“We had all sorts of good policies for you people; cutting tuition fees, bus reorganisation to sort out travel costs, strong on the environment, lots of really good policies” says Tristram Hunt, lamenting the Labour Party’s electoral collapse at the 2015 general election. The MP for Stoke and former Shadow Education Secretary addressed Durham University Labour Club last week, and was keen to emphasise the role poor 18-25 turnout had in Labour’s defeat.
“We in the Labour Party had a more compelling offer for young people to come and vote,” says Hunt. So why didn’t we vote on mass last year? “I think young people vote – like most people – when they think there is something important on the ballot,” implying Labour failed to provide 18-25s with a reason to turn out.
“It’s not just politics as you know, it’s your membership of churches, it’s your membership of trade unions; millennials are individualists. You are incredibly gregarious in some senses on social media, you’re killing retail in this country because you don’t like shopping, you like having meals together, and you like having experiences, but those experiences don’t seem to involve the polling booth – because maybe it’s not a collective moment. Honestly, I’m not the person to ask.”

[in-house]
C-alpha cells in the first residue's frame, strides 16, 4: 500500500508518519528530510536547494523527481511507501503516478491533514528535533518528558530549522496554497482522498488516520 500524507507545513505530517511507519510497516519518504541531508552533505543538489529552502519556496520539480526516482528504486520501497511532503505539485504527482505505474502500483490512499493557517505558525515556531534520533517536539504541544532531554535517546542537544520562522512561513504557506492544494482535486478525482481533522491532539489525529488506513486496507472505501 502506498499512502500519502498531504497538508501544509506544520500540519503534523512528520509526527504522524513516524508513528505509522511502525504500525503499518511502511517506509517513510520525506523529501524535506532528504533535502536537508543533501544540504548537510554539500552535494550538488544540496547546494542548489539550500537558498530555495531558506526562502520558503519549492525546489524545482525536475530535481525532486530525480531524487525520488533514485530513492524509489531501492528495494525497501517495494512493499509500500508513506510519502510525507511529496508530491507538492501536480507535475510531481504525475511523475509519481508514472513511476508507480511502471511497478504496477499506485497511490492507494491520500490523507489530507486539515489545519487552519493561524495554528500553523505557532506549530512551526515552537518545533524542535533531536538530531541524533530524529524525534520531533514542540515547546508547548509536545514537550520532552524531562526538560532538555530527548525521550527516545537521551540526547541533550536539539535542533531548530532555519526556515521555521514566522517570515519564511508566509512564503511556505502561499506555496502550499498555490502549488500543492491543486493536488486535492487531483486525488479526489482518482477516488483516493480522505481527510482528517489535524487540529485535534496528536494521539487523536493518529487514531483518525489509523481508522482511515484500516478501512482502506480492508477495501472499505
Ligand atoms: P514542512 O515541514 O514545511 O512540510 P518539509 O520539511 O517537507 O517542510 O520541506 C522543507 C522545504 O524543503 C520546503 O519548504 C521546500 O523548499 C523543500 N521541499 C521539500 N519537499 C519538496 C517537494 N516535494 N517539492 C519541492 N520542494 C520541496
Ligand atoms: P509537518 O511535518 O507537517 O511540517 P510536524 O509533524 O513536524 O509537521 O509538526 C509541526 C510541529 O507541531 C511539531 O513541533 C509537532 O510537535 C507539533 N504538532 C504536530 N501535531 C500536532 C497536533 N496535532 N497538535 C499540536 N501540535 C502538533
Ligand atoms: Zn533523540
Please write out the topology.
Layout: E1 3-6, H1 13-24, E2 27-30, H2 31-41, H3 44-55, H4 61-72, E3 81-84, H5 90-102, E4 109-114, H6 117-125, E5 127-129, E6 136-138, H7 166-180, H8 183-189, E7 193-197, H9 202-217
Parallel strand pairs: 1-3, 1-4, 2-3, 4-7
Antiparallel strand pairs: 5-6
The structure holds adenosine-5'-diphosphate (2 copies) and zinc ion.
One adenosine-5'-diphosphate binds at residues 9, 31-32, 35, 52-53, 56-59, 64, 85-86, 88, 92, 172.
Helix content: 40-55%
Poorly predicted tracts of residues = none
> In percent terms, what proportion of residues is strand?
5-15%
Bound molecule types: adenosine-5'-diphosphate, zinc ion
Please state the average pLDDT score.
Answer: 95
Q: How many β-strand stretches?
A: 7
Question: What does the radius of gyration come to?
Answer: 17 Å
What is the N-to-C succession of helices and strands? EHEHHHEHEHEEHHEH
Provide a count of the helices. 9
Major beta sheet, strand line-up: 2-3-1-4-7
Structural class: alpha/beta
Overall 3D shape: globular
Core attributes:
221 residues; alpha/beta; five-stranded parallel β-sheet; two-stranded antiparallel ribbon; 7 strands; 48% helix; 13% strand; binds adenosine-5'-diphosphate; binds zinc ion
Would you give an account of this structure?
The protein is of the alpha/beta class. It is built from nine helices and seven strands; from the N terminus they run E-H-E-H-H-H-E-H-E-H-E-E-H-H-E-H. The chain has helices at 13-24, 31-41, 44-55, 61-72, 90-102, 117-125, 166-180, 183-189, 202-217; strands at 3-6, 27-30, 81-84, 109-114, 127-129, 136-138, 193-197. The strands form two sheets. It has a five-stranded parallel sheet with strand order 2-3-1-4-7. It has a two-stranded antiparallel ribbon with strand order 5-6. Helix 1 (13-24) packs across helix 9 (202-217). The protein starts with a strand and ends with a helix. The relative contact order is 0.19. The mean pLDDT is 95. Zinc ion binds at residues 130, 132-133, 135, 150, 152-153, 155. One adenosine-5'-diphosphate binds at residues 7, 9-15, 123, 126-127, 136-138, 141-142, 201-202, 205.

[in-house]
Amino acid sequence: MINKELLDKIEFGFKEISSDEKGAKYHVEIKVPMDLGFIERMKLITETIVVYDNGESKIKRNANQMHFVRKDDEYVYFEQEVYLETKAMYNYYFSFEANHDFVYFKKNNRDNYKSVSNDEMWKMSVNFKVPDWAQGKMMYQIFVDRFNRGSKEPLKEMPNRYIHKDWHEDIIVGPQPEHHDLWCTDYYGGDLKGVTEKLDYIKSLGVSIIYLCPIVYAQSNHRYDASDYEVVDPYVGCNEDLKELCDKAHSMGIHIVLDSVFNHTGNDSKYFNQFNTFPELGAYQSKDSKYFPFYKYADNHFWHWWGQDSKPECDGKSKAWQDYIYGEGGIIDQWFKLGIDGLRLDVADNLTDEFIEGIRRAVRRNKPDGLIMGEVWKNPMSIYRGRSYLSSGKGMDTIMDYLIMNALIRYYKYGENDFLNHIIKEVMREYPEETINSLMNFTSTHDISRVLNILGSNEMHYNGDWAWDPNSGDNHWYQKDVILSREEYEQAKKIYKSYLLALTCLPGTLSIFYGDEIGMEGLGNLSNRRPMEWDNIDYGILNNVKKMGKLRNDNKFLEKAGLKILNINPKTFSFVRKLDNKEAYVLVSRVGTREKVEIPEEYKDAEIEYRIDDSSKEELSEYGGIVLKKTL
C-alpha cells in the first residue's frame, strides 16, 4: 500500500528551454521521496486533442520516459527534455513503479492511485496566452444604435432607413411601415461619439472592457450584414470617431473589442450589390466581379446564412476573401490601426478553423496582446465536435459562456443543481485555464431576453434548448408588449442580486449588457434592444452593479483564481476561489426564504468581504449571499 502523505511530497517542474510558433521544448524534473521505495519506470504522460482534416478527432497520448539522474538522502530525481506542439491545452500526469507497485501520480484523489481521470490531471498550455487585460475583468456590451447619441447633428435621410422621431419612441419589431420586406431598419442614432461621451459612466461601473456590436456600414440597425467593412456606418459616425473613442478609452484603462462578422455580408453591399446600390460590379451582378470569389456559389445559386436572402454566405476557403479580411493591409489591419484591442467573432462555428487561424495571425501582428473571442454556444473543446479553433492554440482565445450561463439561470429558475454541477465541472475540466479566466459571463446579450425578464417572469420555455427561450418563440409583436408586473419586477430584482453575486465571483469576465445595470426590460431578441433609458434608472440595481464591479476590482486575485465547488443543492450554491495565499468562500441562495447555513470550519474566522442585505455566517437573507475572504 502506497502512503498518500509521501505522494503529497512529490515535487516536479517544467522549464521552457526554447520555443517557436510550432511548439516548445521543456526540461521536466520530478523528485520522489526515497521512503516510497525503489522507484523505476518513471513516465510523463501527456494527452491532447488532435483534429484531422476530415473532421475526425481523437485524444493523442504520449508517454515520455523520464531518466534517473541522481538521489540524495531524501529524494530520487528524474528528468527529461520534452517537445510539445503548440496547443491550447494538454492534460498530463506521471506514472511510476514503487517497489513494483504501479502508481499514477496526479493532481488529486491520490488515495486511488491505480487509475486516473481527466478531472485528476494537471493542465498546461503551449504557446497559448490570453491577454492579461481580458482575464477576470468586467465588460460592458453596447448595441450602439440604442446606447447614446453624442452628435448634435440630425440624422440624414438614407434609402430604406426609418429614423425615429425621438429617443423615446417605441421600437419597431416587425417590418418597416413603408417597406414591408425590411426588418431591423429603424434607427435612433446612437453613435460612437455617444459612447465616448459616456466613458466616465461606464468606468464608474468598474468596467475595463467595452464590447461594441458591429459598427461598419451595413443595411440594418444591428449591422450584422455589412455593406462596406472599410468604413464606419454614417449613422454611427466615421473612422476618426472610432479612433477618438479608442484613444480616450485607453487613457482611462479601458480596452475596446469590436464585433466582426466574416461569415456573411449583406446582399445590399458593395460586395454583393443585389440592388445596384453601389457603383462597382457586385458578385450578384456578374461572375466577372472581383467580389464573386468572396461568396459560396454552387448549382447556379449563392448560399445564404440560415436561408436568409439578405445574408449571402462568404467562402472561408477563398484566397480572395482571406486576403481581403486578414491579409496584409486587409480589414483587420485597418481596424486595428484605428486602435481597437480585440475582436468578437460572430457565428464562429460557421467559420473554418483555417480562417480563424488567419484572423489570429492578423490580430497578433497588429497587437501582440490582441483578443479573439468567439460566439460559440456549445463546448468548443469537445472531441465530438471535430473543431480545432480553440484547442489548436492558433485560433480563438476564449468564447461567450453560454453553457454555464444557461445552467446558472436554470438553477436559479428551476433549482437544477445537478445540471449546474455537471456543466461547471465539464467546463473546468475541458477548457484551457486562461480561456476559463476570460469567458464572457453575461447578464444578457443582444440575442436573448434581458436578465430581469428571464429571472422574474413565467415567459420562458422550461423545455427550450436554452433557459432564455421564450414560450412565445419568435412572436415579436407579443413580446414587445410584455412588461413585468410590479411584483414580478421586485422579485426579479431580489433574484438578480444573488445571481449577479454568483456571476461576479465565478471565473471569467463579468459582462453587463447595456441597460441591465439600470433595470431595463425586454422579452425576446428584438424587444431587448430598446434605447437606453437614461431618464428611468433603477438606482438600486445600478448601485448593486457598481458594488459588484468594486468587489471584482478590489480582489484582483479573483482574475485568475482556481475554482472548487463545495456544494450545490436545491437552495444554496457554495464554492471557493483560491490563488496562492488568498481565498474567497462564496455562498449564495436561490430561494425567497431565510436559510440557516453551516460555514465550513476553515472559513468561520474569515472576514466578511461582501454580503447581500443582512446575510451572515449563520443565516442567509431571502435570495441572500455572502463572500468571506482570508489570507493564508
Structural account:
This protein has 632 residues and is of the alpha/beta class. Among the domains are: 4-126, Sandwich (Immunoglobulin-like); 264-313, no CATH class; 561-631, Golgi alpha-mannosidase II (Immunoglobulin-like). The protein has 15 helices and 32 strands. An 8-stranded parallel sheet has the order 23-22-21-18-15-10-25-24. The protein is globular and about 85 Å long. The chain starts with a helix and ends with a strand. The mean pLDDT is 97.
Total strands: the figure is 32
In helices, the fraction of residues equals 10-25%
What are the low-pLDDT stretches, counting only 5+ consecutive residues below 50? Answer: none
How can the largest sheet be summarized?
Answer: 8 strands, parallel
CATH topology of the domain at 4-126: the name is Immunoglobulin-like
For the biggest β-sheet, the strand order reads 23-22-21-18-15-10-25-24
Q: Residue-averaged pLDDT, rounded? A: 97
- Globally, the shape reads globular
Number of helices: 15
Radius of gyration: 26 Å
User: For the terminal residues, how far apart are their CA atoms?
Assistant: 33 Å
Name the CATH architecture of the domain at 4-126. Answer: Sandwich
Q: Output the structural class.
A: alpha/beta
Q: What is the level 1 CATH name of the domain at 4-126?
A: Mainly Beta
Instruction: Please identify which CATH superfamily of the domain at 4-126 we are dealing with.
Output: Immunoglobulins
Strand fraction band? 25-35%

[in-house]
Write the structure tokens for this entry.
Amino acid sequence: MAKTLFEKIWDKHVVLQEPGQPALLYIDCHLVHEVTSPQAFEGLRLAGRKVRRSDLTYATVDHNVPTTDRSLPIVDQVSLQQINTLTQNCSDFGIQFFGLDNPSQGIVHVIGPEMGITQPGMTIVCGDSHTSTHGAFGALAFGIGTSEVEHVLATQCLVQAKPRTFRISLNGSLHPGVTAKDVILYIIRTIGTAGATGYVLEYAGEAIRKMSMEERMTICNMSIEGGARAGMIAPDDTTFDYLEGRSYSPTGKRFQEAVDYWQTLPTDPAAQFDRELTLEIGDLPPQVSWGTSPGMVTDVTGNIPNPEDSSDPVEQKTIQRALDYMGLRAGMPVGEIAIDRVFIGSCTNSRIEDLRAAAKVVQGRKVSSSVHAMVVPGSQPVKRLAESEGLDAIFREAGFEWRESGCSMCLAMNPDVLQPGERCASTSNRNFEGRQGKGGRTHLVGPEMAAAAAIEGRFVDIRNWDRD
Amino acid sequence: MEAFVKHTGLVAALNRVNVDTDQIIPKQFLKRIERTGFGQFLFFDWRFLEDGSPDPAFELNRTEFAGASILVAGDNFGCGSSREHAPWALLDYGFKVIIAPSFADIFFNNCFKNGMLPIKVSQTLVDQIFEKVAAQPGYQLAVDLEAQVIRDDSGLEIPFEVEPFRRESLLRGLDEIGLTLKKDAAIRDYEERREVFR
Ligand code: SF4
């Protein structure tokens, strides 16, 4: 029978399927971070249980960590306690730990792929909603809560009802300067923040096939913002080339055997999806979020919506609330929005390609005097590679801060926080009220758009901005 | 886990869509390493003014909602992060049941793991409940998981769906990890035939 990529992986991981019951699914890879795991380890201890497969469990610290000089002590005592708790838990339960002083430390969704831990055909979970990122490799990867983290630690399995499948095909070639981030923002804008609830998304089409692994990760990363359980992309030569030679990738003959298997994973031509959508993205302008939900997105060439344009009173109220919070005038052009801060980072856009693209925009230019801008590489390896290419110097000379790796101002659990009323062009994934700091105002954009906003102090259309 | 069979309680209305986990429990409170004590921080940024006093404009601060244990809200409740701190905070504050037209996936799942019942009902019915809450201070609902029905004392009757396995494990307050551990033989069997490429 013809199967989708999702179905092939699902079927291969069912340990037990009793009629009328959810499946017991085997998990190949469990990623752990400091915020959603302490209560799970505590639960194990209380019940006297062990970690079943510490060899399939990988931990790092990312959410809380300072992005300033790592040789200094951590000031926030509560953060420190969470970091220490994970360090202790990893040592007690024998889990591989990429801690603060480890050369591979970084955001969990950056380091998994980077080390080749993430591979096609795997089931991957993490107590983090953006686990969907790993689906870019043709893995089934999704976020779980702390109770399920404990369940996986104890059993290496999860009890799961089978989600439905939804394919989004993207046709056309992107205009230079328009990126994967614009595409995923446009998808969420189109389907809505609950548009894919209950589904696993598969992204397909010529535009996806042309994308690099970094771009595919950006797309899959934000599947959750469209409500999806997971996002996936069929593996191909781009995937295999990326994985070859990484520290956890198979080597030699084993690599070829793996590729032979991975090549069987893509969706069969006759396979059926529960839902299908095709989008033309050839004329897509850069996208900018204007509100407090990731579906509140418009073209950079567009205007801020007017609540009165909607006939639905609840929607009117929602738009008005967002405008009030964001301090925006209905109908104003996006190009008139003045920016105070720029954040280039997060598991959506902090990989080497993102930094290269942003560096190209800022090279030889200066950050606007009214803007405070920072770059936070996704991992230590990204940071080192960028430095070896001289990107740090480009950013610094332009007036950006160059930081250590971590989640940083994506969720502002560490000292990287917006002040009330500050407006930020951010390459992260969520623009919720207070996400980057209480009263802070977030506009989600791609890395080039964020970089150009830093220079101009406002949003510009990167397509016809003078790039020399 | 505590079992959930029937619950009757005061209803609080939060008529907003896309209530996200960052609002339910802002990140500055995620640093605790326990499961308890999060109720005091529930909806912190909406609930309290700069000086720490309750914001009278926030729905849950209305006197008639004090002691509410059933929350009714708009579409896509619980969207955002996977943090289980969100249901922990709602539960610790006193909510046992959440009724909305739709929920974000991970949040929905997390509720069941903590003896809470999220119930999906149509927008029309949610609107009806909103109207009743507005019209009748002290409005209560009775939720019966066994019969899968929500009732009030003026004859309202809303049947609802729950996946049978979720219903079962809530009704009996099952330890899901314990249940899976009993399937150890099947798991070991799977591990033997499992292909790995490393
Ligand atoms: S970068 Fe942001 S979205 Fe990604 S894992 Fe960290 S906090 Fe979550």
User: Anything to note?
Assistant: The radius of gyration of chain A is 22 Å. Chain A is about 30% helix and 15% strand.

The subject turned to Shami Chakrabarti’s recent appointment to the House of Lords. Corbyn’s critics have branded this a reward for her soft approach to anti-Semitism in Labour.
“I think we have a real problem with anti-Semitism and I think there are many on the left who have shared platforms with and indulged anti-Semites for far too long and safe spaces […] have been created for anti-Semitism,” says Hunt.
“Jeremy is not an anti-Semite, there are not anti-Semites at the top of the party, but when you create a structure of thought and a structure of analysis which gives space to this then it’s a real problem, and it is no wonder the Jewish community is turning their backs on us.
“It hurts me, it pains me, because the history of the labour movement is deeply embedded with the Jewish people in this country,” Hunt continued.
“This is a deep and profound connection and we are blowing it apart […] I don’t care about the House of Lords, that was the crime of Shami, not to address that, not think intelligently and deeply about it.”
Asked about Labour’s failure to produce a female Prime Minister, Tristram Hunt then took on the subject of sexism in the Labour party.
‘There is more to be done in terms of policies which actually support gender equality. But, what also worries me in terms of the party is the kind of vicious assaults on female MPs. It’s the really unpleasant stuff which Jess Phillips has to put up with, and Stella Creasey has to put up with. And then if you’re a female, Jewish MP, then it’s horrific.’
And Jeremy Corbyn? Has the self-proclaimed Blairite come to terms with Corbyn’s renewed mandate?
“His position is stable…could I be any clearer?”
Image by Financial Times via flickr.